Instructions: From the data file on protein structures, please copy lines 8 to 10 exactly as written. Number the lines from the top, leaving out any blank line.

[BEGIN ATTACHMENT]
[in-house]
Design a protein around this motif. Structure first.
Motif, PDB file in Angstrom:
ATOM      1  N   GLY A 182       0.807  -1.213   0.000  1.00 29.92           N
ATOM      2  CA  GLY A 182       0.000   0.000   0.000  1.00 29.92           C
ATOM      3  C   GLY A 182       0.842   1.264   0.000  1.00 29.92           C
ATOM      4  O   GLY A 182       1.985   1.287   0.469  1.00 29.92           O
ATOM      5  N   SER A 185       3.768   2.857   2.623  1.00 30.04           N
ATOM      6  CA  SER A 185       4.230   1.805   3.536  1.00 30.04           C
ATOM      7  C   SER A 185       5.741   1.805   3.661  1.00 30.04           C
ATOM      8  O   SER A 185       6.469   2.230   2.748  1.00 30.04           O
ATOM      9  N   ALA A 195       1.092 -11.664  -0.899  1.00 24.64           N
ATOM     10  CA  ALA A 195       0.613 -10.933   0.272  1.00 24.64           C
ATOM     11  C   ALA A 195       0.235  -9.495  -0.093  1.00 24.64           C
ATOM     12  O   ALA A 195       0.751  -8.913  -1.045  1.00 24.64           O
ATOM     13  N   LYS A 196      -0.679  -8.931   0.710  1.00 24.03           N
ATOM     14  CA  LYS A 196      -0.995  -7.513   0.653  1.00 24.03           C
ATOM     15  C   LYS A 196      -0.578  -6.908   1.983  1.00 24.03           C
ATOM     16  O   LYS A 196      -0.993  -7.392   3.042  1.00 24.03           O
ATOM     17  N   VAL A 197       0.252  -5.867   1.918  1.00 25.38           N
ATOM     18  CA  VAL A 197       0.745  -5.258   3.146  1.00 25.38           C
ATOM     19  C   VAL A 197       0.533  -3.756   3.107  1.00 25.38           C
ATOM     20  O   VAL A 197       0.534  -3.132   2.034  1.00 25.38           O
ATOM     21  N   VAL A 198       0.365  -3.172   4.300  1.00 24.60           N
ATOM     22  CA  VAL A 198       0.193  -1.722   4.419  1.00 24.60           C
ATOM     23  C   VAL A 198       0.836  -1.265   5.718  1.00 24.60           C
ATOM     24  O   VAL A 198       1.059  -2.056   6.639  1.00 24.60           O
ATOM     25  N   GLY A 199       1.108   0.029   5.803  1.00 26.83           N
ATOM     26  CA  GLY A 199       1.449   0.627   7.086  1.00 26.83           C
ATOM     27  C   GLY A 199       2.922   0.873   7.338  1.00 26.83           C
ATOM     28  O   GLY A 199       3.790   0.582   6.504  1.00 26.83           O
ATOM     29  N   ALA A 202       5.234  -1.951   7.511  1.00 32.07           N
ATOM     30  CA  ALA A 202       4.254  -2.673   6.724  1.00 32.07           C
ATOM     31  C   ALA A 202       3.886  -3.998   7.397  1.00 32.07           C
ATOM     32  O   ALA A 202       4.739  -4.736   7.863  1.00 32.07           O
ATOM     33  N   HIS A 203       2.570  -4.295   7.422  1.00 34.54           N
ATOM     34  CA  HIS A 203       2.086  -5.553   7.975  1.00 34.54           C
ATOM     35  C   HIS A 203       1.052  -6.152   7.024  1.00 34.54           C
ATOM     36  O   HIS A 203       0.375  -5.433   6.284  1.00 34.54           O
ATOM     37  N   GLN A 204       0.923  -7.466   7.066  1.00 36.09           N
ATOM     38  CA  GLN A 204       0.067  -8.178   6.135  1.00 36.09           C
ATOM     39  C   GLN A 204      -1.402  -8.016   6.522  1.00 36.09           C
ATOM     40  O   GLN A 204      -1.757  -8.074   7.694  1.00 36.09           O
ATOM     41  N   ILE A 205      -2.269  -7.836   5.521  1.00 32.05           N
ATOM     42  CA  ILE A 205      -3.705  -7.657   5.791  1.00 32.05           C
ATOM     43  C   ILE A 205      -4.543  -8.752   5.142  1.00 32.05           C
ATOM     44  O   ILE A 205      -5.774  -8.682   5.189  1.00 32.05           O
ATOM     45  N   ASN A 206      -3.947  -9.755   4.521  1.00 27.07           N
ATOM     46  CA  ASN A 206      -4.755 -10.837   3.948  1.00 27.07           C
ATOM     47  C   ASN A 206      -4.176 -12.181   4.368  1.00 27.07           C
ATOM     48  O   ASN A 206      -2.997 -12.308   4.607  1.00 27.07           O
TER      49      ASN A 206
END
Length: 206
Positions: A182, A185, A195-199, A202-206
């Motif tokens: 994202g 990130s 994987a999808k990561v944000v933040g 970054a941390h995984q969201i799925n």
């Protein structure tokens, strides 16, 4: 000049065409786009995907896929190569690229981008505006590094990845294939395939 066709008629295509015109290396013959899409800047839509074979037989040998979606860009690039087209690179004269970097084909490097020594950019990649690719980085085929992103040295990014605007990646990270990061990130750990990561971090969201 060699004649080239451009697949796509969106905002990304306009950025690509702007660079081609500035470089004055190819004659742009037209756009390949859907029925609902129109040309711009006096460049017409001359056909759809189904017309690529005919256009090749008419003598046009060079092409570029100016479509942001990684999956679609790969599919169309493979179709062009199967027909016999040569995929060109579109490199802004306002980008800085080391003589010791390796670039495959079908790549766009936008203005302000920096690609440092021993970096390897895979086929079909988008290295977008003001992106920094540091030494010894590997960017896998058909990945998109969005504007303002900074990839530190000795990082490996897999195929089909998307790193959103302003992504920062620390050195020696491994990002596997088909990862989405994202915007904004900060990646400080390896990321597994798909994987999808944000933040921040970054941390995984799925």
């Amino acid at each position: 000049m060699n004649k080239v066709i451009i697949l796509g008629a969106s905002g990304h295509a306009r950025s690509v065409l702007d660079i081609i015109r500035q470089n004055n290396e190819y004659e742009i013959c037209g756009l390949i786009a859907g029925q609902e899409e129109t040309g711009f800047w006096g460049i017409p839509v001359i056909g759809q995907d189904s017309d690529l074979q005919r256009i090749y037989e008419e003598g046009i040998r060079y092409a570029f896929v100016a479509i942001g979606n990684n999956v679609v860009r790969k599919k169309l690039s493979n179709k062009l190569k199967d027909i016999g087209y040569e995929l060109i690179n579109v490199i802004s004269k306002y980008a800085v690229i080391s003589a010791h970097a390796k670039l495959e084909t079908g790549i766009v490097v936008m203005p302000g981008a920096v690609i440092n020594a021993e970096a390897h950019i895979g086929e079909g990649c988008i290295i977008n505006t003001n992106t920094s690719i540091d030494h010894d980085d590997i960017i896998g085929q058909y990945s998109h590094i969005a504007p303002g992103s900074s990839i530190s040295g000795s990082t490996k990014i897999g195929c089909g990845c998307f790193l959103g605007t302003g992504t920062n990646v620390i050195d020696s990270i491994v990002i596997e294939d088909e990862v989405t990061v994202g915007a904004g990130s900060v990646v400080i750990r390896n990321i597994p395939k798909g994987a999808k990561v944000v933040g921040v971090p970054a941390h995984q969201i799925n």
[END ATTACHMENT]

ATOM      5  N   SER A 185       3.768   2.857   2.623  1.00 30.04           N
ATOM      6  CA  SER A 185       4.230   1.805   3.536  1.00 30.04           C
ATOM      7  C   SER A 185       5.741   1.805   3.661  1.00 30.04           C